Entrepreneurship

Pirano Energy’s Impact on Reducing Generator Dependence and Slashing Energy Costs.

Discover the transformative journey of Nigerian startup Pirano Energy as it revolutionizes the energy landscape with reliable and affordable solar solutions. Founded in 2018 by Bola Ogidan, Pirano Energy empowers both residential and commercial customers, reducing their dependence on generators and traditional grids. Through a unique five-year rent-to-own scheme and cutting-edge remote technology, Pirano Energy provides high-quality solar panels and batteries, offering users control and monitoring capabilities from anywhere in the world. Join us in exploring how Pirano Energy’s visionary approach is not only slashing energy costs but also paving the way for sustainable, eco-friendly power solutions across Nigeria.

Nigerian startup Pirano Energy is delivering reliable and affordable solar solutions to residential and commercial customers across the country, reducing their reliance on generators and grid usage, and empowering businesses to cut energy costs by between 20 and 60 per cent.

Launched in 2018, Pirano Energy allows customers to purchase a solar system outright, or take advantage of its five-year rent-to-own scheme. Meanwhile, leveraging the company’s remote technology, users are able to monitor and control their energy consumption from anywhere in the world, accessing high-quality batteries and solar panels with lifespans of 10 and 25 years respectively.

“We achieve this by allowing customers to pay on simple monthly or quarterly payment contracts over 5-10 years. By adding solar to their energy mix, our customers have managed to reduce their overall energy expenditure by almost 40 per cent whilst also improving the reliability of their power and reducing their greenhouse gas emissions. It’s a win-win for everybody,” Bola Ogidan, founder and CEO of Pirano Energy, told Disrupt Africa.

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Ogidan founded Pirano in December 2018, with its first installation being in April 2019.

“The idea was born from a place of me wanting to build a business that was solving a critical, and very tangible problem that was very visible everywhere you went in Nigeria. Power,” said Ogidan.

“The hours of wasted productivity from blackouts. The huge costs associated with generating your own power with fossil fuel generators. There had to be a better way, and for me, solar was the answer due to the abundance of sunlight that we have across our continent. It just so happens that it also dramatically reduces greenhouse gases at the same time – making it an even better solution.”

Africa has a power problem, Ogidan said, and “power has a funding problem”.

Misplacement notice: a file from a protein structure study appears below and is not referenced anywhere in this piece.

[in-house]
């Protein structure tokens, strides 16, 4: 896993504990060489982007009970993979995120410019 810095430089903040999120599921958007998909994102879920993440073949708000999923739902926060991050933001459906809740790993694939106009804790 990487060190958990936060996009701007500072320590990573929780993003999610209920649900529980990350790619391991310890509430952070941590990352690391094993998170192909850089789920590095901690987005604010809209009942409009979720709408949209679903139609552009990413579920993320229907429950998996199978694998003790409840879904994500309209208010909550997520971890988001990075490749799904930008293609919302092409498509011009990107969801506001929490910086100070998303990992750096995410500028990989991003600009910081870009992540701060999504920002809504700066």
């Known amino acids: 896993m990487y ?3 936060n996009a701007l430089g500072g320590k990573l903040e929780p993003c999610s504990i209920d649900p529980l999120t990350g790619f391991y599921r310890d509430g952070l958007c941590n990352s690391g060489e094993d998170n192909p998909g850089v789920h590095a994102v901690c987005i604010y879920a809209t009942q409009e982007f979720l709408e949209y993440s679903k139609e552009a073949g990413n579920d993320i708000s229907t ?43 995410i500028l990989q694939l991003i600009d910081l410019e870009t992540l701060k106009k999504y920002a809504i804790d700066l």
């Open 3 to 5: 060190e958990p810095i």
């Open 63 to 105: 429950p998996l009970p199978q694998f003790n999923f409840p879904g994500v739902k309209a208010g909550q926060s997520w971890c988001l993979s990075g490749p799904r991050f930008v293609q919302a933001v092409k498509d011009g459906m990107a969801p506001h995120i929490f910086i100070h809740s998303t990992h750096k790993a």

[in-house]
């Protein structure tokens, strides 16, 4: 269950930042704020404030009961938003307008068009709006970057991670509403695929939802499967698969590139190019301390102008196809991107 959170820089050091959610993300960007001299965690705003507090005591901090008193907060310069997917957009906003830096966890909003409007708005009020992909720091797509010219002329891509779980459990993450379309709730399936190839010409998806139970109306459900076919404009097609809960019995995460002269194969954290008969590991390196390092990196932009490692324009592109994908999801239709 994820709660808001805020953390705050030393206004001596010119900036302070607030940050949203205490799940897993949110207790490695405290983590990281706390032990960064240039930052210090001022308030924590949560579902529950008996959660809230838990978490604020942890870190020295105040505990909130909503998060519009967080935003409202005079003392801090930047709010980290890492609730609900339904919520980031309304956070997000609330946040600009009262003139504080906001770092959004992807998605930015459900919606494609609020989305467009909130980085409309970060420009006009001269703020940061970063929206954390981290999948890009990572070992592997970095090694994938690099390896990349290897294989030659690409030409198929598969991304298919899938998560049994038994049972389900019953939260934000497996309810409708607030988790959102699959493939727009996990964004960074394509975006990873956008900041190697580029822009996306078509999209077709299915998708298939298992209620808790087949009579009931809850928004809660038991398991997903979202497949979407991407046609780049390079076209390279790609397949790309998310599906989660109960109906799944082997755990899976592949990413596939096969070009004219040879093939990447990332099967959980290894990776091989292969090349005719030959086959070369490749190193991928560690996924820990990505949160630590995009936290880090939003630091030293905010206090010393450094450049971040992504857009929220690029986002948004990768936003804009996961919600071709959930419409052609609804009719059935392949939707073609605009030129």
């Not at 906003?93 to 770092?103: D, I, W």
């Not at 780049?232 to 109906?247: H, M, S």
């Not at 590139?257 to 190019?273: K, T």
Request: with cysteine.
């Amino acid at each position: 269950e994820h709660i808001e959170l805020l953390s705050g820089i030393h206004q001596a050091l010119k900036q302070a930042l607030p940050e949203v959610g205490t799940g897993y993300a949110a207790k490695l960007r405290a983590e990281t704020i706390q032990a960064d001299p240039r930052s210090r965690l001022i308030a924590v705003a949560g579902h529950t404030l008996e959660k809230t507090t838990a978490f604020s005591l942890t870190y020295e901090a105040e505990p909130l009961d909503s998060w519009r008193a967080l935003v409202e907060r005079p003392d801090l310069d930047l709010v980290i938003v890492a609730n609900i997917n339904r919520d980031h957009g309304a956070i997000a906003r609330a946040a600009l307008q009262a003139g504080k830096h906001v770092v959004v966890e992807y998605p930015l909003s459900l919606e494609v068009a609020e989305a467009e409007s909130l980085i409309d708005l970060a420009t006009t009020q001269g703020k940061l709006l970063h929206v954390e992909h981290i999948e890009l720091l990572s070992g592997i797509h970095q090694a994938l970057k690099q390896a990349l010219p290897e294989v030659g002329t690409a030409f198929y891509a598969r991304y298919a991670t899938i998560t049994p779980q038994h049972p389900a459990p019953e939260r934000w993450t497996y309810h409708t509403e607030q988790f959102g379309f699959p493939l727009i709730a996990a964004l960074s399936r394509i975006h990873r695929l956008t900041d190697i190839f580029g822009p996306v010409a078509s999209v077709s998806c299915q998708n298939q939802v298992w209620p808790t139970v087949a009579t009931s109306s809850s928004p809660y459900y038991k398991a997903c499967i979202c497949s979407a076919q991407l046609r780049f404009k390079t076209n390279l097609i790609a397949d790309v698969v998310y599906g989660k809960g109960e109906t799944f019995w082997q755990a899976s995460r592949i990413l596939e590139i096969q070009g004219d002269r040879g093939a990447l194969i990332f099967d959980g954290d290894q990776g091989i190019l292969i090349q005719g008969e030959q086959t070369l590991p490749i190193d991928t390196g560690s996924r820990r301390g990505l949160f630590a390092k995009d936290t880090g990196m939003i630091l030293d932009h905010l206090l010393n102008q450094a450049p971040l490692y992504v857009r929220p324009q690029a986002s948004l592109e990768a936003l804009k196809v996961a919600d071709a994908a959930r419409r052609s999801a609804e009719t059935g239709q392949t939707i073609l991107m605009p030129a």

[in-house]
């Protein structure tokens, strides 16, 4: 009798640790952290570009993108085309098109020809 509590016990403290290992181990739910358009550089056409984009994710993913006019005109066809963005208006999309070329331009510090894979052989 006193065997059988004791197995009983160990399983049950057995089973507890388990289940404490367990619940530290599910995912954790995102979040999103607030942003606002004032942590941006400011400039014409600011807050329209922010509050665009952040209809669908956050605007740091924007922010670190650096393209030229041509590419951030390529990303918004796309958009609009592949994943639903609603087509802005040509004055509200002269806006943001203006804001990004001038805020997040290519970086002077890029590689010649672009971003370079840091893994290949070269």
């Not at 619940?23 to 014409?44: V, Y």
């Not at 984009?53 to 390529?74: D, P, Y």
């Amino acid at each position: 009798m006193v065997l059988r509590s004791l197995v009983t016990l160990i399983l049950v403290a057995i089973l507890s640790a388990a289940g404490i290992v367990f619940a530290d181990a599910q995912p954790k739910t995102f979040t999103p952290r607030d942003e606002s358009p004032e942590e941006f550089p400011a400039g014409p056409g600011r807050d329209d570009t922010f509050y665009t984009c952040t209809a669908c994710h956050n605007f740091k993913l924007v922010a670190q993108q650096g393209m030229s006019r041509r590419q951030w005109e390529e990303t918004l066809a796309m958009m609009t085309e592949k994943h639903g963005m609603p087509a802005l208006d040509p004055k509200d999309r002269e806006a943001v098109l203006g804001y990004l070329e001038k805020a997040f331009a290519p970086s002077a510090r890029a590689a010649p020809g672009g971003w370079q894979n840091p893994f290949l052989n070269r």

“The fact is, although solar is helpful in solving the power problem, the initial capital cost of each solution is high and for many it is not affordable. This makes the solar industry full of “non-consumers” – someone who would benefit from a product or service but cannot access it,” he said.

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“To turn a non-consumer into a consumer you need to build a bridge that allows them to cross the river.”

That bridge, for Pirano, is its ability to provide long-term, periodic payment contracts.

“We found that most of our customers have the cash flow to afford to pay on a monthly basis, as evidenced by the fact that they were all purchasing petrol or diesel regularly, but they didn’t have the cash available to buy a solar solution outright that was large enough to help replace the use of their generators,” Ogidan said.

“So instead of selling a solar product, we looked to provide a Power Service. As long as the customer is making their monthly payments, we are responsible for ensuring their solar is working optimally to reduce the need for use of their generator and in reducing their fossil fuel consumption, we are able to dramatically reduce their operating costs.”

Pirano’s own costs, initially at least, were funded by Ogidan’s career savings and some money from his family, but after bootstrapping for a while it was a recipient of the 2019 All-On/USADF Off-Grid Energy Challenge prize, which was a mixture of grant funding and debt.

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“We were subsequently funded by private debt providers who looked at our business, believed in what we were doing, but wanted us to be able to prove ourselves in our execution,” Ogidan said. “We only raised external equity for the first time at the end of 2022, beginning of 2023. This capital allowed us to materially accelerate our growth to now be a business with multiple billions in contracted revenues. And we still feel we are just beginning our growth phase.”

From its first installations in 2019, Pirano has multiplied its growth each year such that it now has several megawatts of installed capacity across hundreds of installations spanning multiple sectors.

“This, by the way, has mostly been through referrals from clients,” Ogidan said. “We have not activated the marketing tap yet but such is the hunger for solutions to a problem that is typically the second largest expense in any business after salaries, the demand has been phenomenal. When you are solving a problem with a focus on excellence, your customers will find you.”

Pirano currently has operations in 19 Nigerian states, and in the next two years is looking to expand to at least two other countries.

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